9.3.  Allow a comment period......................................23
   9.4.  Submit the profile for approval.............................23
   10.  Profile Change Control.......................................23



Howes, et. al.              Standards Track                     [Page 2]

RFC 2425      MIME Content-Type for Directory Information September 1998


   11.  Registration of new types....................................24
   11.1.  Define the type............................................24
   11.2.  Post the type definition...................................25
   11.3.  Allow a comment period.....................................25
   11.4.  Submit the type for approval...............................25
   12.  Type Change Control..........................................25
   13.  Registration of new parameters...............................26
   13.1.  Define the parameter.......................................26
   13.2.  Post the parameter definition..............................27
   13.3.  Allow a comment period.....................................27
   13.4.  Submit the parameter for approval..........................27
   14.  Parameter Change Control.....................................28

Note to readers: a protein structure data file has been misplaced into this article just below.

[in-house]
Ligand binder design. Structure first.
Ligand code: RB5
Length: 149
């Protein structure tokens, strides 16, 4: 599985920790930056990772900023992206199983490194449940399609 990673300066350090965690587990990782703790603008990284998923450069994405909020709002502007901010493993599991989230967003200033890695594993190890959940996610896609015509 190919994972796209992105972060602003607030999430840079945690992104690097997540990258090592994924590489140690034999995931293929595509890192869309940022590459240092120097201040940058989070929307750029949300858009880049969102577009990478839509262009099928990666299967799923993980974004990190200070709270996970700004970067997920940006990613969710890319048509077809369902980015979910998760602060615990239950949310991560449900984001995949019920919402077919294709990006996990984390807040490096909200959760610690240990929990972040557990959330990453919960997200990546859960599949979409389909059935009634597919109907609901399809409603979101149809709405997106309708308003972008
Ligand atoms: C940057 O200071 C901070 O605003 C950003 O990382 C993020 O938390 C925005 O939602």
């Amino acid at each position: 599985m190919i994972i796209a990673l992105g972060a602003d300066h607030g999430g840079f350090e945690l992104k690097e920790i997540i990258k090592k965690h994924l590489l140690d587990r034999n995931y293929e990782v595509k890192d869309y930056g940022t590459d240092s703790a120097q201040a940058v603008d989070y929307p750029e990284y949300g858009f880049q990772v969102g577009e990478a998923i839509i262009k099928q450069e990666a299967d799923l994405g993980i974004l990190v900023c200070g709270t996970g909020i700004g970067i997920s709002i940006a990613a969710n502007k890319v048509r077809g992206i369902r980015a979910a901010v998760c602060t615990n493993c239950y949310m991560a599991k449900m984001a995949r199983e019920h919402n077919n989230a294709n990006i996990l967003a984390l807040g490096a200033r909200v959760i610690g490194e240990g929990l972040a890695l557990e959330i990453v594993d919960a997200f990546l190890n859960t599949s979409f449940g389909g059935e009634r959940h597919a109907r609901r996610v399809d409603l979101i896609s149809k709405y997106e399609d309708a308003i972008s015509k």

15.  Registration of new value types..............................28
   15.1.  Define the value type......................................28
   15.2.  Post the value type definition.............................29
   15.3.  Allow a comment period.....................................29
   15.4.  Submit the value type for approval.........................29
   16.  Security Considerations......................................30
   17. Acknowledgements..............................................30
   18. References....................................................30
   19.  Authors' Addresses...........................................32
   20. Full Copyright Statement......................................33

3.  Need for a MIME Directory Type

   For purposes of this document, a directory is a special-purpose
   database that contains typed information. A directory usually
   supports both read and search of the information it contains, and can
   support creation and modification of the information as well.
   Directory information is usually accessed far more often than it is
   updated.  Directories can be local or global in scope. They can be
   distributed or centralized. The information they contain can be
   replicated, with weak or strong consistency requirements.

   There are several situations in which users of Internet mail might
   wish to exchange directory information: the email analogy of a
   "business card" exchange; the conveyance of directory information to
   a user having only email access to the Internet; the provision of